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Get started with the JSON Binding API, Part 3

Custom binding with JSON-B

Customize JSON binding with annotations and runtime configuration

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This content is part # of 4 in the series: Get started with the JSON Binding API, Part 3

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This content is part of the series:Get started with the JSON Binding API, Part 3

Stay tuned for additional content in this series.

The first article in this series presented an overview of JSON-B, including a first look at using annotations and runtime configuration to customize binding behavior. This article is a more in-depth, hands-on introduction to these two mechanisms. You'll learn how to use annotations and runtime configuration separately or combine them, and how to understand the interplay between them in custom solutions. You'll also get a first look at JSON-B adapters and low-level serializers and deserializers, which you can use to customize the logic of operations in JSON-B.

Two ways to customize JSON-B (recap)

Annotations and runtime configuration can be used together or separately to customize JSON binding in your Java™ enterprise applications. If you’ve read Part 1, the following code samples should refresh your memory about how the models work.

Compile-time annotations

JSON-B offers a number of built-in annotations, which you can use to mark the field, class, parameter, or setter/getter where you wish to enable custom behavior. Listing 1 is an example.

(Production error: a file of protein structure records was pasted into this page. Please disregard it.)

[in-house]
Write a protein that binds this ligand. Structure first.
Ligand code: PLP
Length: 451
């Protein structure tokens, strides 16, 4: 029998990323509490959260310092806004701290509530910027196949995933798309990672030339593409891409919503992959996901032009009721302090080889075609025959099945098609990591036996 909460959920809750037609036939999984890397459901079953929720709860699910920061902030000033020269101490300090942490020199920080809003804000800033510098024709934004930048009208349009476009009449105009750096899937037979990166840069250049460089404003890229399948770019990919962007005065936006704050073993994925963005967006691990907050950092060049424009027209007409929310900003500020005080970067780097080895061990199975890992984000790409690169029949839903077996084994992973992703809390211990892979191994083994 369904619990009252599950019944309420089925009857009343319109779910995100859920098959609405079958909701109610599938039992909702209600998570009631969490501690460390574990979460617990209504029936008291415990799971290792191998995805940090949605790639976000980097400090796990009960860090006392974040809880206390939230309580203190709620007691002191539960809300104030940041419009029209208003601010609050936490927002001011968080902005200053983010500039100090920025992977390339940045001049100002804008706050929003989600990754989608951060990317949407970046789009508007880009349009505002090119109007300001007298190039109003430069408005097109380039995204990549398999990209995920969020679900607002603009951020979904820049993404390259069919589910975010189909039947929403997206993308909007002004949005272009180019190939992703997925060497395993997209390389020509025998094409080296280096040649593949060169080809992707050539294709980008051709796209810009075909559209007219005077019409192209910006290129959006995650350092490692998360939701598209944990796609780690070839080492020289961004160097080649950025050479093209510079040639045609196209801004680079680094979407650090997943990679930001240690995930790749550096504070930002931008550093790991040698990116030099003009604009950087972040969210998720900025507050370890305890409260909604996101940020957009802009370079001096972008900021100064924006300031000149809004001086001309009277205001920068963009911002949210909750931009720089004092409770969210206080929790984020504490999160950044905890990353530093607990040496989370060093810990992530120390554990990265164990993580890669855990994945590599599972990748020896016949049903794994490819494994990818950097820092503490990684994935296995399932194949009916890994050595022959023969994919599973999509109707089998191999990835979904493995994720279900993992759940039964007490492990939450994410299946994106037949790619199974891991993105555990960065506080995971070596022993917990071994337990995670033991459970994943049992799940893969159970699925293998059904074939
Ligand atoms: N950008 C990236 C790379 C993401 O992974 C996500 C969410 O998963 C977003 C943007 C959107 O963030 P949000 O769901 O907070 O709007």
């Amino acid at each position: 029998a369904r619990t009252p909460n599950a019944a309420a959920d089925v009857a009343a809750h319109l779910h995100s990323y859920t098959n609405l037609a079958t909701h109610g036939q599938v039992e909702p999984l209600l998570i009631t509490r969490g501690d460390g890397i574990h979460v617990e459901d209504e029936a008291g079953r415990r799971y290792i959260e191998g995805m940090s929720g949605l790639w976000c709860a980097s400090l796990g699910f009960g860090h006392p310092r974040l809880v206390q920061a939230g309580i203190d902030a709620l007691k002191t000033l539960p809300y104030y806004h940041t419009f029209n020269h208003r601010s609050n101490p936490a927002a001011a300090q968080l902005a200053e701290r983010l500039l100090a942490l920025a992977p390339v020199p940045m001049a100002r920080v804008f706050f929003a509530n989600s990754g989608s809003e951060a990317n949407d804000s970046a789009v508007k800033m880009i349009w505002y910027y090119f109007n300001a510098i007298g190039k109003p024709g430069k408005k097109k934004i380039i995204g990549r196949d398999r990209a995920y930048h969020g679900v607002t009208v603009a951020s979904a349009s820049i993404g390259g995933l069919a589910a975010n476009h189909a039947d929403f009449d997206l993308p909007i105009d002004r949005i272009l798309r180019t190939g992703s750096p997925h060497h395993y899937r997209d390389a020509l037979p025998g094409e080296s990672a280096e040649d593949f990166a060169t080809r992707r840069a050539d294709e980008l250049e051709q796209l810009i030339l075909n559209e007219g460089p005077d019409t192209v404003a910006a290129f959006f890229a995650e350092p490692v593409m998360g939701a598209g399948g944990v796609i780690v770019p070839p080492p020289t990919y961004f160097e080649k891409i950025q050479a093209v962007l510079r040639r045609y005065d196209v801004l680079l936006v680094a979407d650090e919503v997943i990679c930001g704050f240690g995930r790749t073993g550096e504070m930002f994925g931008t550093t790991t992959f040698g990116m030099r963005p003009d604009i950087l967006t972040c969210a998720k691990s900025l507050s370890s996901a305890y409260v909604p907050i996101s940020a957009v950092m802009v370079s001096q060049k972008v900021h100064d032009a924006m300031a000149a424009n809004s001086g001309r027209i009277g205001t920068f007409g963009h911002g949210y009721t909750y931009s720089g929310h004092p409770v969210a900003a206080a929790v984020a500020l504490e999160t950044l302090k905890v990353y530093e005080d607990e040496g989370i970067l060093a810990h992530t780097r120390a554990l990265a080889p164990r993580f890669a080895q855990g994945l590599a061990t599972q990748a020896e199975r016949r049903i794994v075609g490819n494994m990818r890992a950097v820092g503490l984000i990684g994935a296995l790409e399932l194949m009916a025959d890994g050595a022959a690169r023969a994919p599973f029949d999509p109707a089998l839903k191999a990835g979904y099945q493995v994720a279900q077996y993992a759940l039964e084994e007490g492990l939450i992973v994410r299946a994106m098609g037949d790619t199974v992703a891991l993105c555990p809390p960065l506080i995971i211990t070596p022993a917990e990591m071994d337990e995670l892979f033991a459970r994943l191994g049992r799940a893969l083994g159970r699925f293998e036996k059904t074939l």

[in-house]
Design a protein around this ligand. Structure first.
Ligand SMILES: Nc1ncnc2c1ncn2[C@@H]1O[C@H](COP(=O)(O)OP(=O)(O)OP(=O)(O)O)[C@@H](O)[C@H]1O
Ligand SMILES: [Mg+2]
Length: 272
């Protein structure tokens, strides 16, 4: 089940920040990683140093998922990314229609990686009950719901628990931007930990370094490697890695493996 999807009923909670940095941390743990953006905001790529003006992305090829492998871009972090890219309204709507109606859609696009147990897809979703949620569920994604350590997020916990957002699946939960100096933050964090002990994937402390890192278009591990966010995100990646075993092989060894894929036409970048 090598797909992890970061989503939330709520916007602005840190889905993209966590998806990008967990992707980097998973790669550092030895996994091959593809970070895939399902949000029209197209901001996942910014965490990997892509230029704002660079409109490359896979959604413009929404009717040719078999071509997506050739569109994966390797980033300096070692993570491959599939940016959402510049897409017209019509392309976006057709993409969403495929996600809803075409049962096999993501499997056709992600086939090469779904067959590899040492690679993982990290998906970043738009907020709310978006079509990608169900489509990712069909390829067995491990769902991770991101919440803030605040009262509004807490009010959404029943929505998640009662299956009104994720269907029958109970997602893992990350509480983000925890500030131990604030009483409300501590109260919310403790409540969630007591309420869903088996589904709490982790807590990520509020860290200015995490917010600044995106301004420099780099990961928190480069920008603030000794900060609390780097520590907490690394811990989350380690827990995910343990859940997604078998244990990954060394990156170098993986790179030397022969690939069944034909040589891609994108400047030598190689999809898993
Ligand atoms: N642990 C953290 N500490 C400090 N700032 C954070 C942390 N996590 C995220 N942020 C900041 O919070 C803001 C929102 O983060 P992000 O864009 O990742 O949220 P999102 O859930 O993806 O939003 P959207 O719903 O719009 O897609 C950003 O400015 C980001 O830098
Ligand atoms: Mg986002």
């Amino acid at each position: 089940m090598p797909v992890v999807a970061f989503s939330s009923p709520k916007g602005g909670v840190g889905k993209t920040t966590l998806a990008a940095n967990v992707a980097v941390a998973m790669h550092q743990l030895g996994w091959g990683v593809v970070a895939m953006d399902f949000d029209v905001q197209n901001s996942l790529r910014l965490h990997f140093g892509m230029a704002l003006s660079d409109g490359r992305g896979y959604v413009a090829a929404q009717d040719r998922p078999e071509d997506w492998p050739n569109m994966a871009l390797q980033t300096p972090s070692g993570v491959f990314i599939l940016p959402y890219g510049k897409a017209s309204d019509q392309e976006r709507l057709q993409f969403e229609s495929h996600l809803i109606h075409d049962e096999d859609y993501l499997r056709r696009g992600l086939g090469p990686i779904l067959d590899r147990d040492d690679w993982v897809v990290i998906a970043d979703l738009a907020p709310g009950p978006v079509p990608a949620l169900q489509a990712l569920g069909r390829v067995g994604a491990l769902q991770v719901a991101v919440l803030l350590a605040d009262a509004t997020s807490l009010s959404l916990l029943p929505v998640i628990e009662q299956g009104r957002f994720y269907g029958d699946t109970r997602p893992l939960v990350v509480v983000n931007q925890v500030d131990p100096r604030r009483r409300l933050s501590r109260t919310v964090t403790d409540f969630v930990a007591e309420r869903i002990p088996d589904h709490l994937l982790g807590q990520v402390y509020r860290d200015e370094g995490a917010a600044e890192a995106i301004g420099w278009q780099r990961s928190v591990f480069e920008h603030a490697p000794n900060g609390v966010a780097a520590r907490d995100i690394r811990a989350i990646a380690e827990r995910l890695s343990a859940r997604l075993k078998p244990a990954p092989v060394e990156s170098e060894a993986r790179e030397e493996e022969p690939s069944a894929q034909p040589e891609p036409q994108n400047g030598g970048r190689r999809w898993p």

Listing 1. Example of using the annotation model
public class Book {
  @JsonbProperty("isbn")
  public String id;
}

Here, the name of the id field in the serialized JSON document will be renamed to isbn. To successfully deserialize to a Book instance, the JSON document must have a property named isbn.

Runtime configuration

If you prefer runtime configuration to annotations, you may build a configuration strategy and pass it to the Jsonb instance used to perform serialization and deserialization. This approach is shown in Listing 2.

Listing 2. Example of using the runtime model
JsonbConfig jsonbConfig = new JsonbConfig()
   .withPropertyNamingStrategy(
     PropertyNamingStrategy.LOWER_CASE_WITH_DASHES);

String json = JsonbBuilder.create(jsonbConfig).toJson(book);

In Listing 2, you can see that the property naming strategy is set on the JsonbConfig instance, and then passed to the factory method that creates the JsonBuilder instance. When the created Jsonb instance is used to serialize or deserialize, the property naming strategy is used. In this case the property names are converted to lowercase and delimited by dashes.

Customizing property names